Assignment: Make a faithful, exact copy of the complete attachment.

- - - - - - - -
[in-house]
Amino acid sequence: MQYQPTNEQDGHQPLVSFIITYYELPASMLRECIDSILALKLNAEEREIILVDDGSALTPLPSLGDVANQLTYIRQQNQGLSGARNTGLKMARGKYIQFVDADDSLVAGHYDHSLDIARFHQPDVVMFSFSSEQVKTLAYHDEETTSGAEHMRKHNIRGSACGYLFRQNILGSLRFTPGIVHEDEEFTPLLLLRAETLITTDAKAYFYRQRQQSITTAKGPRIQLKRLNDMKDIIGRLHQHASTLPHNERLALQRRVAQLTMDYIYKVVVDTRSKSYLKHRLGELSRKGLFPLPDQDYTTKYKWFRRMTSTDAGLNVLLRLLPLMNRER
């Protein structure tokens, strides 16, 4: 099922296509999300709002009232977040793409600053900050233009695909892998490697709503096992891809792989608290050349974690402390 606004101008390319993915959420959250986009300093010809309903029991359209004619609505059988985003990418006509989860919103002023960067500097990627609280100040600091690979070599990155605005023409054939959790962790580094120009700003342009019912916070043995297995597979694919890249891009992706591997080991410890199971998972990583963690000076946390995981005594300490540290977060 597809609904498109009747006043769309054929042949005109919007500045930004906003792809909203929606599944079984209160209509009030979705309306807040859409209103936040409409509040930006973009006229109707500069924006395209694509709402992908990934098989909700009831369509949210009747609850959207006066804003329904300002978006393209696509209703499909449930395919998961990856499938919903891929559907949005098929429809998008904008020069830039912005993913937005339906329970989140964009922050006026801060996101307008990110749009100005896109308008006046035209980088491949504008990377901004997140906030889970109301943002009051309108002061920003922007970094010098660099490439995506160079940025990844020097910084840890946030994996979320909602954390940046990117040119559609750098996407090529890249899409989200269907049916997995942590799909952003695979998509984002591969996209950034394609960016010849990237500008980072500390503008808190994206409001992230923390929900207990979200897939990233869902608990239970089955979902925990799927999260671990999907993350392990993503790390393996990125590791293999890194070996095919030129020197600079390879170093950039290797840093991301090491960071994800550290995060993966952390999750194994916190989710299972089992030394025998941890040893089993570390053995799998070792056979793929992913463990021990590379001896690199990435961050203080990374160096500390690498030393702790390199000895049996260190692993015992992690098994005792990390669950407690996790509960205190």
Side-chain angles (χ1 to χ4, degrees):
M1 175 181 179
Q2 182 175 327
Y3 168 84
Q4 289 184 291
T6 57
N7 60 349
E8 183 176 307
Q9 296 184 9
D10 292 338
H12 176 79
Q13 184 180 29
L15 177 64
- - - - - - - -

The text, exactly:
[in-house]
Amino acid sequence: MQYQPTNEQDGHQPLVSFIITYYELPASMLRECIDSILALKLNAEEREIILVDDGSALTPLPSLGDVANQLTYIRQQNQGLSGARNTGLKMARGKYIQFVDADDSLVAGHYDHSLDIARFHQPDVVMFSFSSEQVKTLAYHDEETTSGAEHMRKHNIRGSACGYLFRQNILGSLRFTPGIVHEDEEFTPLLLLRAETLITTDAKAYFYRQRQQSITTAKGPRIQLKRLNDMKDIIGRLHQHASTLPHNERLALQRRVAQLTMDYIYKVVVDTRSKSYLKHRLGELSRKGLFPLPDQDYTTKYKWFRRMTSTDAGLNVLLRLLPLMNRER
């Protein structure tokens, strides 16, 4: 099922296509999300709002009232977040793409600053900050233009695909892998490697709503096992891809792989608290050349974690402390 606004101008390319993915959420959250986009300093010809309903029991359209004619609505059988985003990418006509989860919103002023960067500097990627609280100040600091690979070599990155605005023409054939959790962790580094120009700003342009019912916070043995297995597979694919890249891009992706591997080991410890199971998972990583963690000076946390995981005594300490540290977060 597809609904498109009747006043769309054929042949005109919007500045930004906003792809909203929606599944079984209160209509009030979705309306807040859409209103936040409409509040930006973009006229109707500069924006395209694509709402992908990934098989909700009831369509949210009747609850959207006066804003329904300002978006393209696509209703499909449930395919998961990856499938919903891929559907949005098929429809998008904008020069830039912005993913937005339906329970989140964009922050006026801060996101307008990110749009100005896109308008006046035209980088491949504008990377901004997140906030889970109301943002009051309108002061920003922007970094010098660099490439995506160079940025990844020097910084840890946030994996979320909602954390940046990117040119559609750098996407090529890249899409989200269907049916997995942590799909952003695979998509984002591969996209950034394609960016010849990237500008980072500390503008808190994206409001992230923390929900207990979200897939990233869902608990239970089955979902925990799927999260671990999907993350392990993503790390393996990125590791293999890194070996095919030129020197600079390879170093950039290797840093991301090491960071994800550290995060993966952390999750194994916190989710299972089992030394025998941890040893089993570390053995799998070792056979793929992913463990021990590379001896690199990435961050203080990374160096500390690498030393702790390199000895049996260190692993015992992690098994005792990390669950407690996790509960205190």
Side-chain angles (χ1 to χ4, degrees):
M1 175 181 179
Q2 182 175 327
Y3 168 84
Q4 289 184 291
T6 57
N7 60 349
E8 183 176 307
Q9 296 184 9
D10 292 338
H12 176 79
Q13 184 180 29
L15 177 64